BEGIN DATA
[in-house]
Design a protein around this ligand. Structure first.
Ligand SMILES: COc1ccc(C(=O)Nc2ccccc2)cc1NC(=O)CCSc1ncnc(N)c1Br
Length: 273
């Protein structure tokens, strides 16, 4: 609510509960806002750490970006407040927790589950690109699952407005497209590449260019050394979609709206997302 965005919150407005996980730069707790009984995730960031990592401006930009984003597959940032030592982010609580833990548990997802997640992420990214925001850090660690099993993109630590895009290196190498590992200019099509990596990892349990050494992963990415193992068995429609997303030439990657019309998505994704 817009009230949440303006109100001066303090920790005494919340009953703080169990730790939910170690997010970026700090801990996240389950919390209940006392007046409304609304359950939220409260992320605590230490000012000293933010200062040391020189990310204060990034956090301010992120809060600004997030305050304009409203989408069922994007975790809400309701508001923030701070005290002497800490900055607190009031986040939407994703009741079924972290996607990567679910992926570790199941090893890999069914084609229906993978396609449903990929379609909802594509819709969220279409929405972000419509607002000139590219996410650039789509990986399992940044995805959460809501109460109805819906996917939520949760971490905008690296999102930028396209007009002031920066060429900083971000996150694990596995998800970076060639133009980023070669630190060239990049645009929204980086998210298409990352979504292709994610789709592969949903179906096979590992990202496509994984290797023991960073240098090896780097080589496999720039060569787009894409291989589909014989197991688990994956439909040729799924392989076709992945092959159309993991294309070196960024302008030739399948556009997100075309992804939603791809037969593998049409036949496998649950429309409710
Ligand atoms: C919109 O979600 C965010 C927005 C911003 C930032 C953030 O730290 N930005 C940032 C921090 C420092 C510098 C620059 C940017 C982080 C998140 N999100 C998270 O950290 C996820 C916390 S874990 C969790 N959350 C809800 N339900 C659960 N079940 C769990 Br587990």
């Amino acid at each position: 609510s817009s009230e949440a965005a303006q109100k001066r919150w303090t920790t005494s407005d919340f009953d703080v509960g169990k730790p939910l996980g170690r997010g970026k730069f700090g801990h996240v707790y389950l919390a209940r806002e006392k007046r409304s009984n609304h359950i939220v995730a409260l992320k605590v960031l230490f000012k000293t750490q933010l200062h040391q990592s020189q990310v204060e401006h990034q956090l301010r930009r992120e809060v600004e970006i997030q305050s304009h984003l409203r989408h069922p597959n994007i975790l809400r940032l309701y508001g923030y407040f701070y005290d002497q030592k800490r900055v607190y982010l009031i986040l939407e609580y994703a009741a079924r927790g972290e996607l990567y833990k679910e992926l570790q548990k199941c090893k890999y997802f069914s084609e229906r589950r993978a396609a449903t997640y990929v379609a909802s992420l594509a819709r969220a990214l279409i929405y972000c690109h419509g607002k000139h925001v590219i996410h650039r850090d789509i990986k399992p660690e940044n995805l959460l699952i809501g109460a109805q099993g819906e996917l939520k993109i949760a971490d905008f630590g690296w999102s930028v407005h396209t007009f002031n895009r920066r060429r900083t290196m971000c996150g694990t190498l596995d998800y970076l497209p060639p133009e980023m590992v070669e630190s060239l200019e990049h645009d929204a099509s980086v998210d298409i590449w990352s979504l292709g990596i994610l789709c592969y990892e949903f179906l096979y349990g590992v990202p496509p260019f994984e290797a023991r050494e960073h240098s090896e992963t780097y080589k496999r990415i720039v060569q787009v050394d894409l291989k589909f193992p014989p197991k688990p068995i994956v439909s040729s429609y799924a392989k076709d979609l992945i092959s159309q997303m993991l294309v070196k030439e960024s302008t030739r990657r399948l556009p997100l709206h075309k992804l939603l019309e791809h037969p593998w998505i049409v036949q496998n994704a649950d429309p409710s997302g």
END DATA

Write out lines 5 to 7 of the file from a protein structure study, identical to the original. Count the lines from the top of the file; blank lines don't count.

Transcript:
């Protein structure tokens, strides 16, 4: 609510509960806002750490970006407040927790589950690109699952407005497209590449260019050394979609709206997302 965005919150407005996980730069707790009984995730960031990592401006930009984003597959940032030592982010609580833990548990997802997640992420990214925001850090660690099993993109630590895009290196190498590992200019099509990596990892349990050494992963990415193992068995429609997303030439990657019309998505994704 817009009230949440303006109100001066303090920790005494919340009953703080169990730790939910170690997010970026700090801990996240389950919390209940006392007046409304609304359950939220409260992320605590230490000012000293933010200062040391020189990310204060990034956090301010992120809060600004997030305050304009409203989408069922994007975790809400309701508001923030701070005290002497800490900055607190009031986040939407994703009741079924972290996607990567679910992926570790199941090893890999069914084609229906993978396609449903990929379609909802594509819709969220279409929405972000419509607002000139590219996410650039789509990986399992940044995805959460809501109460109805819906996917939520949760971490905008690296999102930028396209007009002031920066060429900083971000996150694990596995998800970076060639133009980023070669630190060239990049645009929204980086998210298409990352979504292709994610789709592969949903179906096979590992990202496509994984290797023991960073240098090896780097080589496999720039060569787009894409291989589909014989197991688990994956439909040729799924392989076709992945092959159309993991294309070196960024302008030739399948556009997100075309992804939603791809037969593998049409036949496998649950429309409710
Ligand atoms: C919109 O979600 C965010 C927005 C911003 C930032 C953030 O730290 N930005 C940032 C921090 C420092 C510098 C620059 C940017 C982080 C998140 N999100 C998270 O950290 C996820 C916390 S874990 C969790 N959350 C809800 N339900 C659960 N079940 C769990 Br587990």
């Amino acid at each position: 609510s817009s009230e949440a965005a303006q109100k001066r919150w303090t920790t005494s407005d919340f009953d703080v509960g169990k730790p939910l996980g170690r997010g970026k730069f700090g801990h996240v707790y389950l919390a209940r806002e006392k007046r409304s009984n609304h359950i939220v995730a409260l992320k605590v960031l230490f000012k000293t750490q933010l200062h040391q990592s020189q990310v204060e401006h990034q956090l301010r930009r992120e809060v600004e970006i997030q305050s304009h984003l409203r989408h069922p597959n994007i975790l809400r940032l309701y508001g923030y407040f701070y005290d002497q030592k800490r900055v607190y982010l009031i986040l939407e609580y994703a009741a079924r927790g972290e996607l990567y833990k679910e992926l570790q548990k199941c090893k890999y997802f069914s084609e229906r589950r993978a396609a449903t997640y990929v379609a909802s992420l594509a819709r969220a990214l279409i929405y972000c690109h419509g607002k000139h925001v590219i996410h650039r850090d789509i990986k399992p660690e940044n995805l959460l699952i809501g109460a109805q099993g819906e996917l939520k993109i949760a971490d905008f630590g690296w999102s930028v407005h396209t007009f002031n895009r920066r060429r900083t290196m971000c996150g694990t190498l596995d998800y970076l497209p060639p133009e980023m590992v070669e630190s060239l200019e990049h645009d929204a099509s980086v998210d298409i590449w990352s979504l292709g990596i994610l789709c592969y990892e949903f179906l096979y349990g590992v990202p496509p260019f994984e290797a023991r050494e960073h240098s090896e992963t780097y080589k496999r990415i720039v060569q787009v050394d894409l291989k589909f193992p014989p197991k688990p068995i994956v439909s040729s429609y799924a392989k076709d979609l992945i092959s159309q997303m993991l294309v070196k030439e960024s302008t030739r990657r399948l556009p997100l709206h075309k992804l939603l019309e791809h037969p593998w998505i049409v036949q496998n994704a649950d429309p409710s997302g």